100% renewable targets will require power storage to manage flows on the net
Electrolysers utilise these intermittent power flows to produce H2 gas from water
H2 gas can be stored in large quantities underground and transported via existing gas pipelines
H2 vehicles recharge faster and are more durable than battery powered transport
Growing H2 demand in industrial processes will reduce costs and increase supply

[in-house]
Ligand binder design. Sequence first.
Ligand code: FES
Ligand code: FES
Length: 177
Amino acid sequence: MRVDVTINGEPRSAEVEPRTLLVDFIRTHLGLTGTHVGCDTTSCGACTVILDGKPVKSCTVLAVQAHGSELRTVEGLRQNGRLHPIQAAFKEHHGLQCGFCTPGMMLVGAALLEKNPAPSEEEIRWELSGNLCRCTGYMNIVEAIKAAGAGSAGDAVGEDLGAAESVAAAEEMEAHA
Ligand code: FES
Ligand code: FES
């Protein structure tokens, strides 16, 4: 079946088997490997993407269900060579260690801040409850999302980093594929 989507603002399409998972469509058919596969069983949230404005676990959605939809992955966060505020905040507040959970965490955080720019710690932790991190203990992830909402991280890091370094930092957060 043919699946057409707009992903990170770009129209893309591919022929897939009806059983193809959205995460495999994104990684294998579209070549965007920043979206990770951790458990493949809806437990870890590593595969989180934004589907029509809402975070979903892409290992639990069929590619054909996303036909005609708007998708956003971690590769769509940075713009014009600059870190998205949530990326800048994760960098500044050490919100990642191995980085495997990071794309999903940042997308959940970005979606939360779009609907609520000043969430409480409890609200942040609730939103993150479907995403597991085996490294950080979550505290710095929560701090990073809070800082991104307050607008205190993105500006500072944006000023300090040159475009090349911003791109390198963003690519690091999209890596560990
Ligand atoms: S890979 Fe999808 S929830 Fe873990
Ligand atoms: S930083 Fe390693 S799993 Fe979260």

Dotted with 3 hydropower plants and an abundance of forests, Latvia is heading quickly towards its renewable energy target to 40% in 2020. After 20 years of independence it is still very much linked to Russian gas supply but a group of active young scientist at the University of Latvia, led by Prof Janis Kleperis, is actively linking these resources to the use of hydrogen in stationary and transport applications. The EHA was invited to speak at their International Workshop „Hydrogen and Fuel Cells in Research and Applications: facing to Latvia”, that was held in Riga on October 4-5, 2012. The workshop saw presentations of a variety of topics including  microbial fuel cells, metal hydride storage and an overview of the ambitions of Latvian’s Ministry of Economics, whom the EHA met in a dedicated meeting on October 4. The Ministry is very keen to link renewable energy to transport applications and is verifying the opportunities of the use hydrogen including the use of residential fuel cells in the old centre of Riga and the municipal bus fleet of trolley buses.